Haunted

I got detention for walking out of class today. But it wasn’t my fault.

It went like this: Mr. Peters was talking about Henry Rathbone, who, if you don’t know was the guy sitting next to President Lincoln in the theater when Lincoln was shot in the head by John Wilkes Booth. Anyway, this Rathbone guy, he and his fiancé are with the Lincolns, watching the play when Booth busts in and blows the president’s brains out. Rathbone tries to catch the guy but Booth has a knife, too. Rathbone gets stabbed. He lives but blames himself about Lincoln. So much it drives him crazy. Really. The guy ends up killing his own wife then stabbing himself five times. Five times.

Mr. Peters was always telling us stuff that wasn’t in the books, but this story was too much. I don’t know, but when he was talking about Henry Rathbone, the way he was…haunted, well, I asked to be excused. I did, I asked, but Mr. Peter’s told me to wait. He said the bell was about to ring. But I couldn’t wait, and so I left, and even when he called out behind me, “David, where do you think you’re going?” I didn’t turn around. Couldn’t.

I had to get away. Why did I want to hear about shooting and screaming and Lincoln’s blood stains everywhere and how this Rathbone guy went nuts because he let the president die?

When I got home Mom knew all about it, thanks to the stupid Class Dojo app on her phone that alerts her about everything single thing I do wrong and nothing I do right. So I walk in and she’s all like, “David, what happened at school today?”

Like she cared. But before I could answer (which, what was I supposed to say?) there this loud bang in the basement. I jumped and Mom closed her eyes for a super long time and exhaled and sighed and pinched between her eyes. “You know what, just, just can you go outside and check on Bev?”

I must have stood there for too long. Long enough to think about how a person could be haunted, not just a big house on a hill like on TV. I stood still until there was another bang and my mom finally snapped and said, “David, just please.”

Fine.

My dad came back from Afghanistan jumpy and nervous. Haunted, I guess. He stays in the basement (where we hear the bangs) but if you go down there and try to talk to him about the Indians or how the Browns might actually be decent this year, he either stares at the cinder-blocks or tells you to go away. Tells me to go away.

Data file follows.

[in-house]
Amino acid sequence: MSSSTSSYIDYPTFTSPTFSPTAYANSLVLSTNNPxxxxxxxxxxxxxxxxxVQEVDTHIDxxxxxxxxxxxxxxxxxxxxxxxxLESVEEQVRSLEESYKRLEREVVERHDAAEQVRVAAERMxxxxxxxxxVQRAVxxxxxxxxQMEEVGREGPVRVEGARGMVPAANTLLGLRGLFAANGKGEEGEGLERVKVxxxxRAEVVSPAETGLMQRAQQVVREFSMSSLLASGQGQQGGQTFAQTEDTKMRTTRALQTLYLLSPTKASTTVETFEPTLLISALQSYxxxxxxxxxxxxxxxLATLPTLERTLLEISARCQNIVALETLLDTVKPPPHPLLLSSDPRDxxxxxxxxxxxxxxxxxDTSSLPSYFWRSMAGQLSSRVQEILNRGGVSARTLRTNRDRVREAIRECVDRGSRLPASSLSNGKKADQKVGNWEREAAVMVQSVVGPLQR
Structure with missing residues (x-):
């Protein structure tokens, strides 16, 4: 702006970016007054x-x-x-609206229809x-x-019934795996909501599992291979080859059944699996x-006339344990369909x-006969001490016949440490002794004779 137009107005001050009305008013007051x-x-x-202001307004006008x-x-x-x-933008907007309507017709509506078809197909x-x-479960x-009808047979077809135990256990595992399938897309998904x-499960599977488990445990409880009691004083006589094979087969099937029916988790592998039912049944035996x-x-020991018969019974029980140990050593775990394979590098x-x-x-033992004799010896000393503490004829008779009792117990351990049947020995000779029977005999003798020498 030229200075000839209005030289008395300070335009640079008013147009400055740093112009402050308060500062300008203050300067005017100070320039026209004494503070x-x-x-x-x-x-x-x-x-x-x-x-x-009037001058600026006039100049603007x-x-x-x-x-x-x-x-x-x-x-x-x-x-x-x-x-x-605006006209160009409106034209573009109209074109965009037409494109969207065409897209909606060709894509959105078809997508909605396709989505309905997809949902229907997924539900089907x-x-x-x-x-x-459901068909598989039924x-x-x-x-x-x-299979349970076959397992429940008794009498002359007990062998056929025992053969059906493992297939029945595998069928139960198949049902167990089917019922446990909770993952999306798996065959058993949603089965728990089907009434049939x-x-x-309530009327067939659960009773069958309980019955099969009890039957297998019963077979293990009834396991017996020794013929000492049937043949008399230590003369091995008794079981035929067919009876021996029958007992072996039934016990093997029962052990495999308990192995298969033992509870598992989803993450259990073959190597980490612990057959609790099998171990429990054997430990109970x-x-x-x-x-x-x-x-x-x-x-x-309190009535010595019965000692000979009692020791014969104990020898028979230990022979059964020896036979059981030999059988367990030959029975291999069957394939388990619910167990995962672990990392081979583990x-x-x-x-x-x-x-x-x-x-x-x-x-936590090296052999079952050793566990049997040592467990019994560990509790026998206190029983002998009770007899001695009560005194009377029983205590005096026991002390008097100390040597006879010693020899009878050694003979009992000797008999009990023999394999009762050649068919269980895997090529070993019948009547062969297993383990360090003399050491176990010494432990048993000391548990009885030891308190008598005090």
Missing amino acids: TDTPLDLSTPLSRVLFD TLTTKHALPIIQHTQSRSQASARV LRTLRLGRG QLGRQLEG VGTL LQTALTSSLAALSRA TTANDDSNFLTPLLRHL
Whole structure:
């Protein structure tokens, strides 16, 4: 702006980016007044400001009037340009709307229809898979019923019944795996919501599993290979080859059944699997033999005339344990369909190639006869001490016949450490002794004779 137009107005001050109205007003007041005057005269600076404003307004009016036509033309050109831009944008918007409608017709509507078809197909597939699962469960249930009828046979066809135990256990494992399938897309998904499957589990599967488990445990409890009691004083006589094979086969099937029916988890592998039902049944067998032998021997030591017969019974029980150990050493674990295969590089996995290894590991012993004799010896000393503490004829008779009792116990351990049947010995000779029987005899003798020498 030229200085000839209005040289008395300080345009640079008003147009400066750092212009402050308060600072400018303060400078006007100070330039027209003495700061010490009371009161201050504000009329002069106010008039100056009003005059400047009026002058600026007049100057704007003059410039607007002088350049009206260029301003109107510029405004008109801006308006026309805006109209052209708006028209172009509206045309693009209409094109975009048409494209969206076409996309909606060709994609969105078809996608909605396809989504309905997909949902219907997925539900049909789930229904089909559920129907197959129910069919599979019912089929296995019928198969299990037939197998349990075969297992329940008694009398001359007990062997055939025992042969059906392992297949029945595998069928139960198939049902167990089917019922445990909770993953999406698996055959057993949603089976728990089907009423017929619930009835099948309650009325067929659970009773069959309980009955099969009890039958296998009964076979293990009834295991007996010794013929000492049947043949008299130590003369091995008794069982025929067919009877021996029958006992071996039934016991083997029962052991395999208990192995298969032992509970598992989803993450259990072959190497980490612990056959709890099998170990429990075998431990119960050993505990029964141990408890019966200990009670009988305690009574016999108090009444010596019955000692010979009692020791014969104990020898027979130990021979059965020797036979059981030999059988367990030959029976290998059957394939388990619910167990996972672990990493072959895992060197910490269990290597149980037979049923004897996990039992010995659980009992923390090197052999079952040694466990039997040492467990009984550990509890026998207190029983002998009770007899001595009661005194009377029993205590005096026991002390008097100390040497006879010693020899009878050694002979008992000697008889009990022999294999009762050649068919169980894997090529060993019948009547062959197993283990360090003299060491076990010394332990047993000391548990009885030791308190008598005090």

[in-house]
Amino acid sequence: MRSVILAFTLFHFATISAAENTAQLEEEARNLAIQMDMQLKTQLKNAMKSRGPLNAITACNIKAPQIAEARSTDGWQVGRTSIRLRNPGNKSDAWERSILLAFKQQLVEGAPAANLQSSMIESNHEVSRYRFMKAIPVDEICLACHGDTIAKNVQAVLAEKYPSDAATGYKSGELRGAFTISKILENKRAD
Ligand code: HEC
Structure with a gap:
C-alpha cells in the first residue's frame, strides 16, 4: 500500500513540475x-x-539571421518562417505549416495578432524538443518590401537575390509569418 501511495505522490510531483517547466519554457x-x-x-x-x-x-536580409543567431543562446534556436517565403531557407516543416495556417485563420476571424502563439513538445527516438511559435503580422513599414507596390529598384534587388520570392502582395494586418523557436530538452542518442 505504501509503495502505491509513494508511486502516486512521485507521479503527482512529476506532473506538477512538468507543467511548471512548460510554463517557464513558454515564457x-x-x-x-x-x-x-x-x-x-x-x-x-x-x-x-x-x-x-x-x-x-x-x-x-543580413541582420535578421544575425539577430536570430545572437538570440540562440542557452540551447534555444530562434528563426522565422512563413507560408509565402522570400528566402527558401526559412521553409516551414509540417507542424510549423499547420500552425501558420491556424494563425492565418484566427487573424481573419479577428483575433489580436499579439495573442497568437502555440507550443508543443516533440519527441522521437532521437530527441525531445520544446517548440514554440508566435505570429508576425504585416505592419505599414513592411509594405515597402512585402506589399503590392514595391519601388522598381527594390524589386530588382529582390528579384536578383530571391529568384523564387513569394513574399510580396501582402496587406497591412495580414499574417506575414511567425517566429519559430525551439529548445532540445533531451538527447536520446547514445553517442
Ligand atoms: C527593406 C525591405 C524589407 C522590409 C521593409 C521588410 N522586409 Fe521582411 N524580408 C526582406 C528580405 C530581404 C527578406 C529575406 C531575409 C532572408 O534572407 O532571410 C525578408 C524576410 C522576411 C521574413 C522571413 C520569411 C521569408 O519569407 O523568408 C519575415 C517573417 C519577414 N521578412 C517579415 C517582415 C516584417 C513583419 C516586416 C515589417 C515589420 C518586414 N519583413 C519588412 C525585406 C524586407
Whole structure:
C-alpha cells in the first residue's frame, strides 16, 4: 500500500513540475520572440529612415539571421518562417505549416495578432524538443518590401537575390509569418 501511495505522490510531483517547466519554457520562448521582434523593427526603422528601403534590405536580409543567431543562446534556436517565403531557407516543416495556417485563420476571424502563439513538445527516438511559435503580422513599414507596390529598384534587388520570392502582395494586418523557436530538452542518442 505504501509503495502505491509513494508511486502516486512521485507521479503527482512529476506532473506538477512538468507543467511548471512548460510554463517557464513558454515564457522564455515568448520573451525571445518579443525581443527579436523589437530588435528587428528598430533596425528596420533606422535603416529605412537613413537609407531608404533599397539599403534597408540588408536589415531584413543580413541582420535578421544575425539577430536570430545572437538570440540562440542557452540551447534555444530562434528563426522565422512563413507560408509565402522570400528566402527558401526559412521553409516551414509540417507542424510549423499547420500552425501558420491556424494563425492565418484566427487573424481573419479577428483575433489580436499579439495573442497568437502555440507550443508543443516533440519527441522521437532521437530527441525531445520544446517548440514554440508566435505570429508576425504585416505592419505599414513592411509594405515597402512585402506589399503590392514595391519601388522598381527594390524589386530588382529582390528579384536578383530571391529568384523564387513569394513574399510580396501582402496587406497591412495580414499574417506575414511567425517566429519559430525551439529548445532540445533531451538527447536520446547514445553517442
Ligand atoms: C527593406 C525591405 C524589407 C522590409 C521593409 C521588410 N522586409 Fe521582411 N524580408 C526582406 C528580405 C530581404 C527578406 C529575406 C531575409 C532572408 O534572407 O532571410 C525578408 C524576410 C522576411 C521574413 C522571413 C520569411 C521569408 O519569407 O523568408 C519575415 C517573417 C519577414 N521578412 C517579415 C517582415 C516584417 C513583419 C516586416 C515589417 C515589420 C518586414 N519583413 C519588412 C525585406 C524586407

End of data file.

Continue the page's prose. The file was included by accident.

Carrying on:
I wonder if Henry Rathbone wanted people to go away. And when Mom squeezes between her eyes and her voice shakes and quivers and snaps at me like she never used to until Dad came home, it makes me wonder. Henry Rathbone was in the Civil War. My dad was in Afghanistan. Really, it makes you wonder.

When Dad was gone, I didn’t worry about him like Mom did. He was a soldier. I knew he would be okay. I figured he’d finish his tour and come home and tousle my hair and maybe hoist me up and ask me how my fastball was humming along. And he did tousle my hair, but he didn’t hoist me up. He couldn’t drive and his smile was different, it didn’t stretch out like it used to, didn’t shimmer like the American flag on a sunny Fourth of July. He ate supper with us—for a while—the first night we ordered pizza and Uncle Jim and some friends came over and Dad seemed like Dad. We even tossed the football some but he mostly stayed near Mom, hugging on her like he never thought he’d see her again. And then he stopped. He started waking up at night. He started going downstairs.

And I’ll bet old Henry Rathbone never screamed like that.

So with Dad banging and Mom sighing I ran out to check on Beverly. I scooped up my football from the lawn. Beverly was singing, doing cartwheels in the yard and when she saw me she stopped and smiled. She’s only eight, too young to remember the old dad, which was kind of nice for her but sad, too. Because the old dad used to smile like that.

Just like that.

 

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